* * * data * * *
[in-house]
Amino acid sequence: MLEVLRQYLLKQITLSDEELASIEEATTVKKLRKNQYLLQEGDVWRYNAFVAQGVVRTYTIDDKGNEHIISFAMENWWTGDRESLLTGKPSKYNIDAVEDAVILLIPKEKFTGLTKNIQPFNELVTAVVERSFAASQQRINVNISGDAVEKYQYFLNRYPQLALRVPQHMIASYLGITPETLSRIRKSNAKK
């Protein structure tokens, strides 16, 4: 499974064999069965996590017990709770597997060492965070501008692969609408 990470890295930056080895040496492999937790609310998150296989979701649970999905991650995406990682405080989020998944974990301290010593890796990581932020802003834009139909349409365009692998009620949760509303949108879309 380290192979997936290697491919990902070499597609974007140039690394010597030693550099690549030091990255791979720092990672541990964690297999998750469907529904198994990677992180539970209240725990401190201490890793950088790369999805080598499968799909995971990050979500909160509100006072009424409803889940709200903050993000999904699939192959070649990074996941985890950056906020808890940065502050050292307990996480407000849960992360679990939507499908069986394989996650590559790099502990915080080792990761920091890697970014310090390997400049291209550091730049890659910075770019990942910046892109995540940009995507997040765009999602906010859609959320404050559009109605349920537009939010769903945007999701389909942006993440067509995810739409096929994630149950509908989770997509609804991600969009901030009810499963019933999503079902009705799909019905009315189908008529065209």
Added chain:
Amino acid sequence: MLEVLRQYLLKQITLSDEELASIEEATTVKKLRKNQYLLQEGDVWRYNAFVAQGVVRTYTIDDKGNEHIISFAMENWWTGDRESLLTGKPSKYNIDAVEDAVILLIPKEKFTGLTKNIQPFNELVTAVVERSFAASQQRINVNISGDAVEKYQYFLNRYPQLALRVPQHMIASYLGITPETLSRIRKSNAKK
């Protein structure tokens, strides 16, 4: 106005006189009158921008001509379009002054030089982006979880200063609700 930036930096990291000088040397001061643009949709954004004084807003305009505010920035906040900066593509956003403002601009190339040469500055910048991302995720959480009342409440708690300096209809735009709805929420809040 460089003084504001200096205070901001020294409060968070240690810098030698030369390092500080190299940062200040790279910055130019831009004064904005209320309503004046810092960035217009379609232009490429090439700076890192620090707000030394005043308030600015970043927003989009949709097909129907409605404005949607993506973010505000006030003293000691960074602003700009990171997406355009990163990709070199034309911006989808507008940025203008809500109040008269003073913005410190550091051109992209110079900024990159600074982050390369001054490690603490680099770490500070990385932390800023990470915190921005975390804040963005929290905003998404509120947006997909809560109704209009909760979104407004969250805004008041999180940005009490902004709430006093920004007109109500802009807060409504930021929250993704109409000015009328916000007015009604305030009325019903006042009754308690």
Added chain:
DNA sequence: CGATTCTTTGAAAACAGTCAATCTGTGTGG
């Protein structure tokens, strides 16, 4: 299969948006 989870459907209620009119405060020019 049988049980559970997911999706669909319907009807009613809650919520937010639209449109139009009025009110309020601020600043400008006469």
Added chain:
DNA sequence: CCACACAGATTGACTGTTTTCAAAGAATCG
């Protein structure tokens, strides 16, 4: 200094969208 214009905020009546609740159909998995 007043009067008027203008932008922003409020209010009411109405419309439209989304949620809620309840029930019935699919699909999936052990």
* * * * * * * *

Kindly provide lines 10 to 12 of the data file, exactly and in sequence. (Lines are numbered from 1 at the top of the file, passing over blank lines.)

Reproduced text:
Added chain:
DNA sequence: CCACACAGATTGACTGTTTTCAAAGAATCG
């Protein structure tokens, strides 16, 4: 200094969208 214009905020009546609740159909998995 007043009067008027203008932008922003409020209010009411109405419309439209989304949620809620309840029930019935699919699909999936052990």